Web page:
Indian removal

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Information about Indian removal

Published on March 9, 2014

Author: tony_odom


Indian Removal

The Five “Civilized” Tribes •Cherokees (Southern Appalachians) •Choctaws (Mississippi, Alabama, Louisiana) •Creeks (South Georgia and Alabama) •Chickasaws (North Mississippi, West Tennessee) •Seminoles (Florida)

Cherokees •Had a written language, schools, and a newspaper. •Capital city of New Echota still stands today in North Georgia. •Successfully sued the state of Georgia in the Supreme Court over land rights. •President Jackson refused to enforce the court’s decision.

A “Primitive” Cherokee Dwelling

“Primitive” Cherokee Print Shop

“Primitive” Cherokee Dwelling

Choctaws •Gave up most of their land in the 1832 Treaty of Dancing Rabbit Creek. •Most went to Oklahoma, but a few stayed behind.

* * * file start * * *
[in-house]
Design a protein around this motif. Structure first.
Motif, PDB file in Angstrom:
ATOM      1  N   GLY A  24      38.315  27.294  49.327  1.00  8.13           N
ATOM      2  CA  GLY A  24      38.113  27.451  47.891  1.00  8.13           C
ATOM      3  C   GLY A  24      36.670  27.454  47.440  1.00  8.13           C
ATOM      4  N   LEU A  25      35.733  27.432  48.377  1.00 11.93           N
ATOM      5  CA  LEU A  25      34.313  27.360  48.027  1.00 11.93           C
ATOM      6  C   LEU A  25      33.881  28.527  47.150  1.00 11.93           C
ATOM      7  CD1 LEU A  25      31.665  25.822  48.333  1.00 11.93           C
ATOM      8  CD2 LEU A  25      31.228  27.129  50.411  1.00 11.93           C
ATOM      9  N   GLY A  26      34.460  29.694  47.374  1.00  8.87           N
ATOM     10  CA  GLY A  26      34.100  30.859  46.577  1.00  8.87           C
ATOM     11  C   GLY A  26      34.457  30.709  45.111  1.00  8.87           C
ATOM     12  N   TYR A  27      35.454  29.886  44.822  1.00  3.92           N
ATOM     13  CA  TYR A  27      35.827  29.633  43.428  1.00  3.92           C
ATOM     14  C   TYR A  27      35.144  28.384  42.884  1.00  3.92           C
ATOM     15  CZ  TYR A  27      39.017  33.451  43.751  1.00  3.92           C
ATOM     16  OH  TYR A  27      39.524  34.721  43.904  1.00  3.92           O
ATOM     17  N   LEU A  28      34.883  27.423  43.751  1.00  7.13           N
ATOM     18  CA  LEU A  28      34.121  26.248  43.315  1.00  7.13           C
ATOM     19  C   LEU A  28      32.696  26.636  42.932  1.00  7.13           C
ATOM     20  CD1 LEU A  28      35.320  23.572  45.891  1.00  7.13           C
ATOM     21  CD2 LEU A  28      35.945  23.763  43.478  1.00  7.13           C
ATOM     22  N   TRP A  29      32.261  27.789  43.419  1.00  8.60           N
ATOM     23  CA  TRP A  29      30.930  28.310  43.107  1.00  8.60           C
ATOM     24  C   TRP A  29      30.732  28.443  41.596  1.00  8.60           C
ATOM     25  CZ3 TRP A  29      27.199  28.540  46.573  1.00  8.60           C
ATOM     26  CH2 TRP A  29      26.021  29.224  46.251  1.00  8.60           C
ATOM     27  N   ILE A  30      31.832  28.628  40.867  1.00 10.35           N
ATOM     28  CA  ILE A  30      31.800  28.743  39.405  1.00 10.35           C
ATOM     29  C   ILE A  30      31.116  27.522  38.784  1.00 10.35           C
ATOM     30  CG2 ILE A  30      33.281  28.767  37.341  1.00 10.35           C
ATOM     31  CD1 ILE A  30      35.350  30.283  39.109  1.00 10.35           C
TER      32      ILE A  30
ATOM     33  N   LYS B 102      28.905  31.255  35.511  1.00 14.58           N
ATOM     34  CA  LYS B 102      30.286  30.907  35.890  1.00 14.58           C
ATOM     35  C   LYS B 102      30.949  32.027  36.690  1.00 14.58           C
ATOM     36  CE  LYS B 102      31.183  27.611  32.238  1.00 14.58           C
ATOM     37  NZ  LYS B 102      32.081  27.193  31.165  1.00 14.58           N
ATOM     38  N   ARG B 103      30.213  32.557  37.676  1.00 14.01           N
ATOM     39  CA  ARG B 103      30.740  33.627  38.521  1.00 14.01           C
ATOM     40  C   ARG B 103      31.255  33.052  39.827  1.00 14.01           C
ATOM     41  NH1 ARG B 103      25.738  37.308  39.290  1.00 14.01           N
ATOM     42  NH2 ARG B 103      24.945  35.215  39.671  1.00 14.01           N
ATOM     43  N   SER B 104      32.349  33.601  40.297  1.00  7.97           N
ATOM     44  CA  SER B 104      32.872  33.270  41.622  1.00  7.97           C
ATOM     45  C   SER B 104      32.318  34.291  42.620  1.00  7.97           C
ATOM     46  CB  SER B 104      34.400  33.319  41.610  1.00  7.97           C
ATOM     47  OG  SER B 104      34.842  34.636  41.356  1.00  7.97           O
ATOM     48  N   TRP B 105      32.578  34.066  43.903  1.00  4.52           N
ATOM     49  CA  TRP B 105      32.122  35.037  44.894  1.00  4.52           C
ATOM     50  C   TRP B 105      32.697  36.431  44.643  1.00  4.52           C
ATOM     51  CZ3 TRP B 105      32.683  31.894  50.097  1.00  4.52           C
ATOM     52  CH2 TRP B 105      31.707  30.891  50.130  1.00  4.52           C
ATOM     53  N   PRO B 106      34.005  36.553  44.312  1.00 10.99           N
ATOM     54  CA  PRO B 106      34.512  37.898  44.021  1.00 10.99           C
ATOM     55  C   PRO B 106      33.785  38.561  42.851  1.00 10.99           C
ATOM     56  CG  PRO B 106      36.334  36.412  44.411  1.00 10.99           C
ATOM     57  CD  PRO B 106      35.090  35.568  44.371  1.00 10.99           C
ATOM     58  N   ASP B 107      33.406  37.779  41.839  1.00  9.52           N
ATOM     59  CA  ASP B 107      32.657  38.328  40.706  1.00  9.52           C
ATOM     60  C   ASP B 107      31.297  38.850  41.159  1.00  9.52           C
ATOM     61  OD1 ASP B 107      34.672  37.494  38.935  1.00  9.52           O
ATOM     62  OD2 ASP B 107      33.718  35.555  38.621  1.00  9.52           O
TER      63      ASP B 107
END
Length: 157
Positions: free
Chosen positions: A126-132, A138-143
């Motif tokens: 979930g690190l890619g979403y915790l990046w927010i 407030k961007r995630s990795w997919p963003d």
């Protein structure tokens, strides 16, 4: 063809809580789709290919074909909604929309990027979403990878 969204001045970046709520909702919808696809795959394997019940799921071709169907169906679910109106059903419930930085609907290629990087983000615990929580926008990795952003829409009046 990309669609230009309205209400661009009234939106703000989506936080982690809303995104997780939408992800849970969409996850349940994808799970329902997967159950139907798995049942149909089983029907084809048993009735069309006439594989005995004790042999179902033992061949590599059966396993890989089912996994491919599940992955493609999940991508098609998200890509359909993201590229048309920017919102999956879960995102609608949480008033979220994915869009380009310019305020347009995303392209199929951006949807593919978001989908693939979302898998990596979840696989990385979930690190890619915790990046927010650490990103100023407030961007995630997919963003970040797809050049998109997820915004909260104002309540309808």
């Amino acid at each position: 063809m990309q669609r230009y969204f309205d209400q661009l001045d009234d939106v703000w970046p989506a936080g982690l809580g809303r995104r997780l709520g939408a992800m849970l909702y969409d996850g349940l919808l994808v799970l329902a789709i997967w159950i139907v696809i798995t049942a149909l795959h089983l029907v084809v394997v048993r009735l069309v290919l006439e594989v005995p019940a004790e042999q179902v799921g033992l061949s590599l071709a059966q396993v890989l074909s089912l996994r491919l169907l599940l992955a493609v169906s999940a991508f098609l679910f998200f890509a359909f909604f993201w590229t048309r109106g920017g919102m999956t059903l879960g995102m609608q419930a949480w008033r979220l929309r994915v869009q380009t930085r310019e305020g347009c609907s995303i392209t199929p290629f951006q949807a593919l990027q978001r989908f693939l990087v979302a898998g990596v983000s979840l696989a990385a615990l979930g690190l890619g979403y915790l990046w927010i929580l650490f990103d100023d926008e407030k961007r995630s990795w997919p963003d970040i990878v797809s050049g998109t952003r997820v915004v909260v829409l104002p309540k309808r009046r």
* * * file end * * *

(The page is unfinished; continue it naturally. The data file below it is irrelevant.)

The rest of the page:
FACT •If you could take a trip to 1828 Mississippi, you couldn’t tell the difference between a white farm and a Choctaw farm unless the owner came out to greet you.

Conclusion Indians were not removed because they refused to “get with the times” and adopt the “white man’s ways.” Indians were removed because they were IN THE WAY and felt that the land they’d lived on for thousands of years was theirs.

RESISTANCE •After the Sauk and Fox were removed from Illinois, a warrior named Black Hawk led his people back, spawning what became known as “Black Hawk’s War.” Today, Black Hawk is best known as a hockey mascot.

MORE RESISTANCE In Florida, the Seminoles, led by Osceola also refused to go along with removal. Osceola was told that the Americans wanted to discuss a peace treaty. When he showed up to discuss it, he was arrested and imprisoned. He died a prisoner.

Today… •“Osceola” can be seen at every Florida State home game, where he once again declares war on people who invade Florida

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